So what should you do?
I always recommend to my clients that they start to track their daily activity levels using a Pedometer. They are wonderful, cheap tools that you use to track the number of steps you take in any given day. The studies of yesteryear have told us that we need to take 12,000 steps per day in order to maintain our weight. 12,000. Does that seem like a lot? In this day and age of internet and cell phones, we are far less likely to get up and go as much as we think we do. So my advice: get the Pedometer and start tracking how much you walk every day. Get that number up to 12,000. That will take care of you 3 MET/hours. Then when you go to the gym, it is not simply to maintain, but to progress. Pretty good deal, right? Thanks, Harvard.
I have also included this training video from the Harvard Medical School. It was originally titled “Moderate Intensity Exercise.” Honestly, I think you should write your own titles….. lemme know……
One of my favorite writers, Brian Wansink, has just released a new study. Brian is the author of author of Mindless Eating: Why We Eat More Than We Think, a wonderfully funny and informative book that takes a look at just how much we eat on a day-to-day basis without even realizing it.
Well, it seems that Brian’s brother Craig is a theologian. They decided to take a look at paintings of the Last Supper created over the last millennium. Using an interesting measurement, plate/food size relative to the size of the figures’ heads, the brothers have concluded that the food portions being served are getting larger and larger through the years. Though the Bible only makes reference to wine and bread being served, the meals depicted seem to grow over the years to include lamb, fish and meat. The size of the main dish grew 69%; the size of the plate, 66%, and the bread, 23%, between the years 1000 and 2000. No verdict yet on the increase in calories, but, honestly, do they really need all that starch?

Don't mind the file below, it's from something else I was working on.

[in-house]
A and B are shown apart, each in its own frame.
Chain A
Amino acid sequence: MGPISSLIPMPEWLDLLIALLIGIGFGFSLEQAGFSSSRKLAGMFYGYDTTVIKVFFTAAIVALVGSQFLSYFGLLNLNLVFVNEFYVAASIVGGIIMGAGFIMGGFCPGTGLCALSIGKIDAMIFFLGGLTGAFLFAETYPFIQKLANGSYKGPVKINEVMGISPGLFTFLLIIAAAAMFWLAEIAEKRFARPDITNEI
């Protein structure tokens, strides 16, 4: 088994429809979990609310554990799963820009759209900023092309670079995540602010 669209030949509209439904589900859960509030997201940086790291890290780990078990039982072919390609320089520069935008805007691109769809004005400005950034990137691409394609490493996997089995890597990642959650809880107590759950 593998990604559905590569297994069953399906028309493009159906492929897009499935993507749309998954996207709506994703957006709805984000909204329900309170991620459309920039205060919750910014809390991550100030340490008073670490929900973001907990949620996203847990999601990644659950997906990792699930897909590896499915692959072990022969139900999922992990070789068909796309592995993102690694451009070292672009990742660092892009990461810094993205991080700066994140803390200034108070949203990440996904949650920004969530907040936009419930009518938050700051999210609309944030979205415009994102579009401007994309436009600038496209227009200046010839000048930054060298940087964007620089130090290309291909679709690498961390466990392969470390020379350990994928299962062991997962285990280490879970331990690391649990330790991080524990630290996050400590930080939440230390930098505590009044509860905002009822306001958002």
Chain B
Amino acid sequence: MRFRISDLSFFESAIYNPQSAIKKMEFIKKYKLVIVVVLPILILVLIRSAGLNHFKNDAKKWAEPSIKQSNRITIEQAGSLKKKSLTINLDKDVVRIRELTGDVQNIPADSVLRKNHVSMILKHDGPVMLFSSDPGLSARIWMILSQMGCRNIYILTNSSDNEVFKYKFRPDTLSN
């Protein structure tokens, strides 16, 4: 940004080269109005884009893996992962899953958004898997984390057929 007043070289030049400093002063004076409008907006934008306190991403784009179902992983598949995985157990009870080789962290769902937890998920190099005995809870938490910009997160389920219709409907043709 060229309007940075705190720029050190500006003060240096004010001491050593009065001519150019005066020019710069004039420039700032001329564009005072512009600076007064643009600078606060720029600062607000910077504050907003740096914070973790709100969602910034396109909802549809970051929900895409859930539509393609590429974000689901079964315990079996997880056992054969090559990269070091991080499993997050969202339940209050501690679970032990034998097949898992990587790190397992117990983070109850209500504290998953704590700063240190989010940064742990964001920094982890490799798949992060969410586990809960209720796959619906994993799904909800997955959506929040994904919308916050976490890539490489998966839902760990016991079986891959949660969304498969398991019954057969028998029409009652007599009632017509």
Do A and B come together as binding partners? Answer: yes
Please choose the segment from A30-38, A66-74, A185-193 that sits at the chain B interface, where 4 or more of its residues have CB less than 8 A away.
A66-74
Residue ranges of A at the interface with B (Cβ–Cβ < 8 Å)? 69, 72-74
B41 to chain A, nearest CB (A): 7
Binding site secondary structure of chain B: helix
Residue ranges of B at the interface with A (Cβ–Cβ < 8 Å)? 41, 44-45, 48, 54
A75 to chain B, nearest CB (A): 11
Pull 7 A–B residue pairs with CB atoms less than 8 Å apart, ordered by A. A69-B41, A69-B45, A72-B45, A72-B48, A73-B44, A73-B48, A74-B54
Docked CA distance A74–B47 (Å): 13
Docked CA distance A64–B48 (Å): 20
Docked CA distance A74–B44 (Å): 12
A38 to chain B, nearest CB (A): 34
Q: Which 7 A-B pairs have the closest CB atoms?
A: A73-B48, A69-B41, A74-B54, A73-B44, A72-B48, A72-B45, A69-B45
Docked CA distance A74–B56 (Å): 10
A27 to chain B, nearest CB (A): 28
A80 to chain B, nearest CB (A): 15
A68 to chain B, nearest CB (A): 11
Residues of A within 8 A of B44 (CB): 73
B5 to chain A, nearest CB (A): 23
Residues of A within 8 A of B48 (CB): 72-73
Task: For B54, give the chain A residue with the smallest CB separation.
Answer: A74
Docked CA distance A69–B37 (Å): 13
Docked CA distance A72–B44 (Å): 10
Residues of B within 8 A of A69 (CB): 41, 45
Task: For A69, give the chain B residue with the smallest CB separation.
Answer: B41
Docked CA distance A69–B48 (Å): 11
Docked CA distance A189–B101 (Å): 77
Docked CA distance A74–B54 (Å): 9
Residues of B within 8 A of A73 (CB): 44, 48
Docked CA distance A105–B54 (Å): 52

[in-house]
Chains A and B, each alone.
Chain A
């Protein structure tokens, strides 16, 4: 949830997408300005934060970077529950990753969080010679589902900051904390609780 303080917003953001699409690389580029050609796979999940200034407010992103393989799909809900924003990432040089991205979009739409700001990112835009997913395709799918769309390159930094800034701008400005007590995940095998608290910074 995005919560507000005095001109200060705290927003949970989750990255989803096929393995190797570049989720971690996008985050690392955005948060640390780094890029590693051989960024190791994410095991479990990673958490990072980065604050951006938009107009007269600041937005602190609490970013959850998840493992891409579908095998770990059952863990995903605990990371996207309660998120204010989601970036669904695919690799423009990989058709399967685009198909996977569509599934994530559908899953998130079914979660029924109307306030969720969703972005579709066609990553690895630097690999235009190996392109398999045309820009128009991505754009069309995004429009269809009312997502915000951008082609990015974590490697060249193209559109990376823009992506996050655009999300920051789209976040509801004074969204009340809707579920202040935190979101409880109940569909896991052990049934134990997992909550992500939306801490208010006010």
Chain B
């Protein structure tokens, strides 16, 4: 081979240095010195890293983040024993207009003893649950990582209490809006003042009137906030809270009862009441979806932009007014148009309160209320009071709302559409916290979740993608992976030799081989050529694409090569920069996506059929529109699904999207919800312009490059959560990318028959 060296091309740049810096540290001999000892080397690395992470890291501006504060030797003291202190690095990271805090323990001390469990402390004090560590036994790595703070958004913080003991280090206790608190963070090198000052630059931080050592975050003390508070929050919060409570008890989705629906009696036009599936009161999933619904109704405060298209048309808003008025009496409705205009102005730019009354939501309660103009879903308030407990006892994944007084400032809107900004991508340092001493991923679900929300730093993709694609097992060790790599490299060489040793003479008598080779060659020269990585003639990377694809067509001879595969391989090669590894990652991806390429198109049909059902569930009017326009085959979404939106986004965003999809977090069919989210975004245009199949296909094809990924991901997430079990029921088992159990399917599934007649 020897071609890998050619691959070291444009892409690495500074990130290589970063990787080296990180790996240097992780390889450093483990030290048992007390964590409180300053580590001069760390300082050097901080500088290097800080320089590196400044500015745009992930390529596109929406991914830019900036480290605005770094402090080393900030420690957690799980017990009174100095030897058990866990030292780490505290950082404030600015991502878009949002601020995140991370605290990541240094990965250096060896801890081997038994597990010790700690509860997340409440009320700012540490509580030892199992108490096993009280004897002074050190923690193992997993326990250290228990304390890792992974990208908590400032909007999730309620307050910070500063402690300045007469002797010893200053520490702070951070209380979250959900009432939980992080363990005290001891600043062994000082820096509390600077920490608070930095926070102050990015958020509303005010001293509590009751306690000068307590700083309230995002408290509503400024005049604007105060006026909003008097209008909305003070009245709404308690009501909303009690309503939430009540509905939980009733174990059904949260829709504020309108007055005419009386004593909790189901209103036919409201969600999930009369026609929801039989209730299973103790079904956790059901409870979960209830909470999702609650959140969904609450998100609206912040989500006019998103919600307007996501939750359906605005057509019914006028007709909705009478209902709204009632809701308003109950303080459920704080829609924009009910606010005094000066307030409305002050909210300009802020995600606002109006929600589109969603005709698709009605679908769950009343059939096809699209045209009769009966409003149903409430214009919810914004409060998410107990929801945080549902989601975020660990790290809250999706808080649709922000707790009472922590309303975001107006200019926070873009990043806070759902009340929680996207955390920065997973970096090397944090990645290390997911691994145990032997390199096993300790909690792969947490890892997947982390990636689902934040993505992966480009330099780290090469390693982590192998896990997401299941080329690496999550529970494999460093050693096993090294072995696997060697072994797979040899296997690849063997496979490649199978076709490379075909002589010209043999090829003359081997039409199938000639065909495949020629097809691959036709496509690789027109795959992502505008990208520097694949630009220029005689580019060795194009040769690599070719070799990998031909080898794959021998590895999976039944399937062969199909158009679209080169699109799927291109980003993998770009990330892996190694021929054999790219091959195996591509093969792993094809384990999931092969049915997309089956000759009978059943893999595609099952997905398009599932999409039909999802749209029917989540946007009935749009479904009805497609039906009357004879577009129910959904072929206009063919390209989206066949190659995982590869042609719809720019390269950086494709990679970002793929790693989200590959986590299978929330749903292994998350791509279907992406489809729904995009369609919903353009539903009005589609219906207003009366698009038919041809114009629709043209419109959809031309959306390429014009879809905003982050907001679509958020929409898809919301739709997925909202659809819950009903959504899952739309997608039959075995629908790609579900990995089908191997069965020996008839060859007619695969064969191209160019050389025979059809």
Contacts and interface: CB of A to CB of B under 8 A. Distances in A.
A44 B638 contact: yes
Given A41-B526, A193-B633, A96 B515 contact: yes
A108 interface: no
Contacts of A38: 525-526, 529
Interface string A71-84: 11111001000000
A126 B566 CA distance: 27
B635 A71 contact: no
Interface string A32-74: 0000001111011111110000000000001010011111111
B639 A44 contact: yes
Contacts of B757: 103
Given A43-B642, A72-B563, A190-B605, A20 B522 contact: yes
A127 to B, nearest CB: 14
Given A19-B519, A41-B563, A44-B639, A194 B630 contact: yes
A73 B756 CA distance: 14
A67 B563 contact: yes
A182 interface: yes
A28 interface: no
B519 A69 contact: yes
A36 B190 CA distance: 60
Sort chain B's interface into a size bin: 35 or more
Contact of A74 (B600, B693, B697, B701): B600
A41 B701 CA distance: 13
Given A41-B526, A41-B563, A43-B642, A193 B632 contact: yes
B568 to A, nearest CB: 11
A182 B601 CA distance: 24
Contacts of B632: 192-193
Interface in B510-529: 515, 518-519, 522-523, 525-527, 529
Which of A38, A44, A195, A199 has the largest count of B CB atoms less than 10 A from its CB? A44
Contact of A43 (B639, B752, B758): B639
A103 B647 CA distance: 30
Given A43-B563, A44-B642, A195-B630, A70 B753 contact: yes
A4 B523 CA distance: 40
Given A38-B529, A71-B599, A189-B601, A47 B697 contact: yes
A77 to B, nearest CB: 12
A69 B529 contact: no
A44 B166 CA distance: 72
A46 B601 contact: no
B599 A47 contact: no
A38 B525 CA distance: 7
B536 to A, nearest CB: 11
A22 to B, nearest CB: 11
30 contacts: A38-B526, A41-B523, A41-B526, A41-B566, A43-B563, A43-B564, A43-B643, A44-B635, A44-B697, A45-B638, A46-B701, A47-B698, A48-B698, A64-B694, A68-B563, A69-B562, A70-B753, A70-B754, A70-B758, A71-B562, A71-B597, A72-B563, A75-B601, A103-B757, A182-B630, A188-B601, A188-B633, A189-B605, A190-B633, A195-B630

Is life imitating art, or vice versa?
The study, published in April’s International Journal of Obesity, has not been met with nods of approval. “ (It’s) not very meaningful science,” said Martin Binks, a behavioral health psychologist and a consultant at Duke University Medical Center. “We have real life examples of the increase in portion size—all you have to do is look at what’s being sold at fast-food restaurants.”
That’s very true, Dr. Binks. But its always fun to see where the Wansink Boys are wandering next. Jesus and Supersizing? Kinda reminds me of……
Posted by Guru
So I am sitting backstage in the Green Room in Phoenix, waiting for my opportunity to go on and talk about how healthy food choices can help energize you throughout the day, and, right before me, they run this segment.
Not since last summer, when one Midwestern morning show couldn’t wait to get through my healthy kids’ meal segment so that they could discuss chocolate covered bacon with Chef Bob, have I been so shocked. Apparently, using this infra-red machine, you can burn 1400 calories with even moving. It’s that easy! The woman in this clip actually says “spot reducing”. I wanted to eat my own head.